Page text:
As a small boy, Zondwa Mandela regularly visited his grandfather Nelson Mandela and grew close to the legendary leader of the anti-apartheid struggle. After Nelson Mandela was released from prison in 1990, he would often interrupt his paperwork to conduct impromptu exercise sessions and dispense advice to his young grandson.
“We would do press-ups … and he would do them on two fingers, he was a very strong man.” laughs Zondwa Mandela, who is the son of Nelson Mandela’s youngest daughter. “The big key, he used to say, was education and that you always needed to remain grounded. But the lesson I always learned from him is that everything is possible.”
Two decades on, Zondwa Mandela, who is now 25, is putting his grandfather’s counsel to the test as he sets his sights on a business career. Together with another man with a prominent political name, Khulubuse Zuma, the 39-year-old nephew of South Africa’s new president, Jacob Zuma, Zondwa Mandela has launched an ambitious venture that will invest in African emerging markets.
“We want to find something, improve it, and expand on it. But we want to do something for Africa and empower its people,” says Zondwa Mandela. His language clearly seeks to echo the idealism that led his grandfather to sacrifice the best years of his life to the fight against apartheid.
His new venture still has much to prove if it is to be seen as a serious business and not an instance of two scions of prominent families trading on their famous names.
The business will certainly have a rather easier ride than his grandfather faced in his youth. The pair are well placed to benefit from controversial black empowerment policies, under which, since 1994, large chunks of corporate South Africa have been transferred to black owners.
And the Mandela name is a valuable asset both in South Africa but also abroad as the ruling African National Congress promotes more actively South Africa’s connections to the rest of Africa, Brazil, China, India, and the Middle East.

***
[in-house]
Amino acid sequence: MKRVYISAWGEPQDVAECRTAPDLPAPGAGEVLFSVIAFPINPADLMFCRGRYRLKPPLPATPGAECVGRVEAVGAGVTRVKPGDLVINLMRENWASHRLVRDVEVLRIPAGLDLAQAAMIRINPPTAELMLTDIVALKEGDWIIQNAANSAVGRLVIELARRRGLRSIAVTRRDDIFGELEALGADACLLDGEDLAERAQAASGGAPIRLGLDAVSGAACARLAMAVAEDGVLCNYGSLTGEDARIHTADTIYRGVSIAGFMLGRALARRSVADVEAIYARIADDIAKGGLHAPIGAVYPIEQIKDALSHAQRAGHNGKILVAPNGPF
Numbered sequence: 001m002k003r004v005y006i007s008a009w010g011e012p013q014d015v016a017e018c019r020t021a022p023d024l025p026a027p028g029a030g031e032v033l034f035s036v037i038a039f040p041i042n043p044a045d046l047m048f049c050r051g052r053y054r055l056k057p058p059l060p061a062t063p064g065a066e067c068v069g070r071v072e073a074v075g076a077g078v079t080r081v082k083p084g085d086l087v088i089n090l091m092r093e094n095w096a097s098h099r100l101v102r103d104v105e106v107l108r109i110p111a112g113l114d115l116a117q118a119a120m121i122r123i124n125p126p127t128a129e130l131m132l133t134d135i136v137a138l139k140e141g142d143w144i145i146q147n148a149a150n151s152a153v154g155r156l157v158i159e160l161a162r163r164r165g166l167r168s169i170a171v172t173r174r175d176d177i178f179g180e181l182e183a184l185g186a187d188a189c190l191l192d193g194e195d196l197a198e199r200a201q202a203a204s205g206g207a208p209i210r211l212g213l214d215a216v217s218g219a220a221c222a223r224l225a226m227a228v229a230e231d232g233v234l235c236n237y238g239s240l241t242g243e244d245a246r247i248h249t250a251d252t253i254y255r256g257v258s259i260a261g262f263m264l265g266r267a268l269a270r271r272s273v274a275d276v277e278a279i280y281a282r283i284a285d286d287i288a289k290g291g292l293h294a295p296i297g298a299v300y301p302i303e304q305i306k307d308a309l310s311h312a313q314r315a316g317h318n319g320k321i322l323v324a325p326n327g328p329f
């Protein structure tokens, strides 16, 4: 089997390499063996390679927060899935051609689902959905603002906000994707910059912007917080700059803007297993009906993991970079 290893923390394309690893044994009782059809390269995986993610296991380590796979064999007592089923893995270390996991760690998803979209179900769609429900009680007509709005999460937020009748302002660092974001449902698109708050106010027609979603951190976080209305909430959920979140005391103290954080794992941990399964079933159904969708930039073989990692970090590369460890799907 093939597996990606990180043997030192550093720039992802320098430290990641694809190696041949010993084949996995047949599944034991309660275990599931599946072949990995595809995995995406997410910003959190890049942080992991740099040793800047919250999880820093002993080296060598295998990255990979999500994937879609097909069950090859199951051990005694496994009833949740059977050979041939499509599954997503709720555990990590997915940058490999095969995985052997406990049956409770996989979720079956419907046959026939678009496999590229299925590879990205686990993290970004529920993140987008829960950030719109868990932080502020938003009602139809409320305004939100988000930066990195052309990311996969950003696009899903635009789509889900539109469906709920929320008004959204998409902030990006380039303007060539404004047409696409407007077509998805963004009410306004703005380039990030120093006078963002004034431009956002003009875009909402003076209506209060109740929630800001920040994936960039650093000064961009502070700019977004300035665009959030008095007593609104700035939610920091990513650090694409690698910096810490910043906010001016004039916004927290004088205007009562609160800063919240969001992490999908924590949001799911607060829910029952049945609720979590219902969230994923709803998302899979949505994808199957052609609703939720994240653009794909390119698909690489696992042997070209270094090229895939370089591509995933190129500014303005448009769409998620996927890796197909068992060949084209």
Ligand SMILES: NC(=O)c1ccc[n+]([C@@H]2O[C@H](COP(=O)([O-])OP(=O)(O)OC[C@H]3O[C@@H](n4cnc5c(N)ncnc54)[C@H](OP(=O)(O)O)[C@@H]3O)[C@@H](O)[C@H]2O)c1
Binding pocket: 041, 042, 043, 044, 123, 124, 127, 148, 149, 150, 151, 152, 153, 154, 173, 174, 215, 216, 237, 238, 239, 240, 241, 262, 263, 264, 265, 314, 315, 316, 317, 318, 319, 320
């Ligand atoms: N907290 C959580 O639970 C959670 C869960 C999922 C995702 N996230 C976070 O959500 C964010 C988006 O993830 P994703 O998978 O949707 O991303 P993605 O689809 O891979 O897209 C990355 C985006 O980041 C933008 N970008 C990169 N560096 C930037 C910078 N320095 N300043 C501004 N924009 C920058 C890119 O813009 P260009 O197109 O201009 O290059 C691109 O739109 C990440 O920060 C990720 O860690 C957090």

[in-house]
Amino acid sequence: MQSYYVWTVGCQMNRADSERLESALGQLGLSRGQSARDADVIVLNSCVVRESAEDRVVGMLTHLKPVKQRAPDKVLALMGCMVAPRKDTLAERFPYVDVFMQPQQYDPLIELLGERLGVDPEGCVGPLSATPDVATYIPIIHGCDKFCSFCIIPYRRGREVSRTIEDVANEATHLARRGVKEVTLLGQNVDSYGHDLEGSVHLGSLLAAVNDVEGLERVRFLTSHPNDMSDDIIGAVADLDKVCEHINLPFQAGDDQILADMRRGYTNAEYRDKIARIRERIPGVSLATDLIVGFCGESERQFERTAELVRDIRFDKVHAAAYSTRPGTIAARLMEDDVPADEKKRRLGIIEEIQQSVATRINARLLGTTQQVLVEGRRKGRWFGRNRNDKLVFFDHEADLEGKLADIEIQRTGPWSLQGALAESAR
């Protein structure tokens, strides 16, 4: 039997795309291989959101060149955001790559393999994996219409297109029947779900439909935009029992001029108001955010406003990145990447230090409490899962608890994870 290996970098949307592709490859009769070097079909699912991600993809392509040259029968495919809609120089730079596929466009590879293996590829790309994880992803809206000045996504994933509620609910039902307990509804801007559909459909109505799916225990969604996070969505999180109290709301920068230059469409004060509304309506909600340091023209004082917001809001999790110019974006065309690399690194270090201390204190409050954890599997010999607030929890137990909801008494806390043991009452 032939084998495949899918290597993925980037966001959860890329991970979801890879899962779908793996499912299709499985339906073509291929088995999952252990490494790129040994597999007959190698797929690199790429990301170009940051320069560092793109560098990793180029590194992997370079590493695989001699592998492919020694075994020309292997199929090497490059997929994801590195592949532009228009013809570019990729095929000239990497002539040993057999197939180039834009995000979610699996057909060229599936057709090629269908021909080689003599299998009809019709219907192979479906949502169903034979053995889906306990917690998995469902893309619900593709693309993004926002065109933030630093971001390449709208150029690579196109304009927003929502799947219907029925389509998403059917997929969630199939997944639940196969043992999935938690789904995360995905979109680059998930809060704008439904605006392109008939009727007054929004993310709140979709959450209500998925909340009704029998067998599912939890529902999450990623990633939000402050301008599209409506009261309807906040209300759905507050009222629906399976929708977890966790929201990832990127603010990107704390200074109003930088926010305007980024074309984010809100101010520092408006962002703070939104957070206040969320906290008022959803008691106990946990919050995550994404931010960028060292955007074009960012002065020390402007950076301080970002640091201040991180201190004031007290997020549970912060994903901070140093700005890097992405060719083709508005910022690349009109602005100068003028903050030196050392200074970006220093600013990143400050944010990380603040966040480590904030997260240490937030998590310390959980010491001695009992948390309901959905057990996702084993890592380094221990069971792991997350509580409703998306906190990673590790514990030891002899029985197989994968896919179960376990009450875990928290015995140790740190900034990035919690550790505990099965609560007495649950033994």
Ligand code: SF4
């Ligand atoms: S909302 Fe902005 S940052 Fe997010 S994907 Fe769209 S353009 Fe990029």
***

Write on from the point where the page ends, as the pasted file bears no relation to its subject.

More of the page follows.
Blessed by senior family members and backed by entrepreneurs from Malaysia and the United Arab Emirates, the two men and a third colleague — Sheshile Ngubane, who like Khulubuse Zuma comes from the president’s home province of KwaZulu Natal — have set up Aurora Empowerment Systems. Within the past few weeks, they have bought two companies and are eyeing a string of other potential acquisitions.
The first purchase, an obscure electrical products manufacturer, simply provided a Johannesburg Stock Exchange listing and its underlying assets have been sold. “The listing was acquired for corporate governance and transparency reasons. I wanted shareholders and others to have a good clear picture of exactly what they were getting into,” says Zondwa Mandela.
The other, Redwood Timber Merchants, is more typical of the undervalued oil, diamonds, coal, and other commodity businesses that are being looked at. Redwood Timber Merchants, one of Africa’s biggest forestry and sawmill operations, cost R92.5m (11.9 million US dollars, 8.4 million Euros, 7.2 million British pounds), with the overseas backers supplying a third of the money upfront and the rest coming from future profits, but Zondwa Mandela claims its hardwoods are worth a multiple of that figure.
At face value, there is some cause for scepticism. Neither man seems to have much experience. Zondwa Mandela only recently qualified in a local university course in business management and economics, specialising in marketing, and still seems to struggle with terms like “social capital” and “sustainability”. He has been working with an “upscale corporate” marketing company, but one of its main clients appears to be the ruling ANC.